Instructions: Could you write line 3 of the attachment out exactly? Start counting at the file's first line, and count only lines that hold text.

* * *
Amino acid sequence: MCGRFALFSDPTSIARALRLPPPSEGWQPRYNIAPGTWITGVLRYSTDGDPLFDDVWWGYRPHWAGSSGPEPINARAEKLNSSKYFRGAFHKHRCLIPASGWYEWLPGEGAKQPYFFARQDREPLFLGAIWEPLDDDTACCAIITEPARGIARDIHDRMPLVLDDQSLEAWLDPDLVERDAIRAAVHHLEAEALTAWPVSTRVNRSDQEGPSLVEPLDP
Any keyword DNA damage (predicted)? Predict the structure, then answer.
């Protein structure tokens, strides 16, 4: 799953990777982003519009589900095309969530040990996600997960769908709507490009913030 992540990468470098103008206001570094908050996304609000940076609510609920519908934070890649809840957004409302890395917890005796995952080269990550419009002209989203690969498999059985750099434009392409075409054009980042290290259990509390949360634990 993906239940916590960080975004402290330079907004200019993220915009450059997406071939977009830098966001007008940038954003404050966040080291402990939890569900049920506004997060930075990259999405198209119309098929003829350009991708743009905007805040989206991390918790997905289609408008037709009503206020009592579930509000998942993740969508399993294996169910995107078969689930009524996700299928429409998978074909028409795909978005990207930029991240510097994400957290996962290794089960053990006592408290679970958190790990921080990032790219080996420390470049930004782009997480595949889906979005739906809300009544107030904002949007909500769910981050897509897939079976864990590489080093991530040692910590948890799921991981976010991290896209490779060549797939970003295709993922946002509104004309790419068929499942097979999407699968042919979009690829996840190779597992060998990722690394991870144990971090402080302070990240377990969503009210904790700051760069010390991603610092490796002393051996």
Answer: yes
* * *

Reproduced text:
């Protein structure tokens, strides 16, 4: 799953990777982003519009589900095309969530040990996600997960769908709507490009913030 992540990468470098103008206001570094908050996304609000940076609510609920519908934070890649809840957004409302890395917890005796995952080269990550419009002209989203690969498999059985750099434009392409075409054009980042290290259990509390949360634990 993906239940916590960080975004402290330079907004200019993220915009450059997406071939977009830098966001007008940038954003404050966040080291402990939890569900049920506004997060930075990259999405198209119309098929003829350009991708743009905007805040989206991390918790997905289609408008037709009503206020009592579930509000998942993740969508399993294996169910995107078969689930009524996700299928429409998978074909028409795909978005990207930029991240510097994400957290996962290794089960053990006592408290679970958190790990921080990032790219080996420390470049930004782009997480595949889906979005739906809300009544107030904002949007909500769910981050897509897939079976864990590489080093991530040692910590948890799921991981976010991290896209490779060549797939970003295709993922946002509104004309790419068929499942097979999407699968042919979009690829996840190779597992060998990722690394991870144990971090402080302070990240377990969503009210904790700051760069010390991603610092490796002393051996």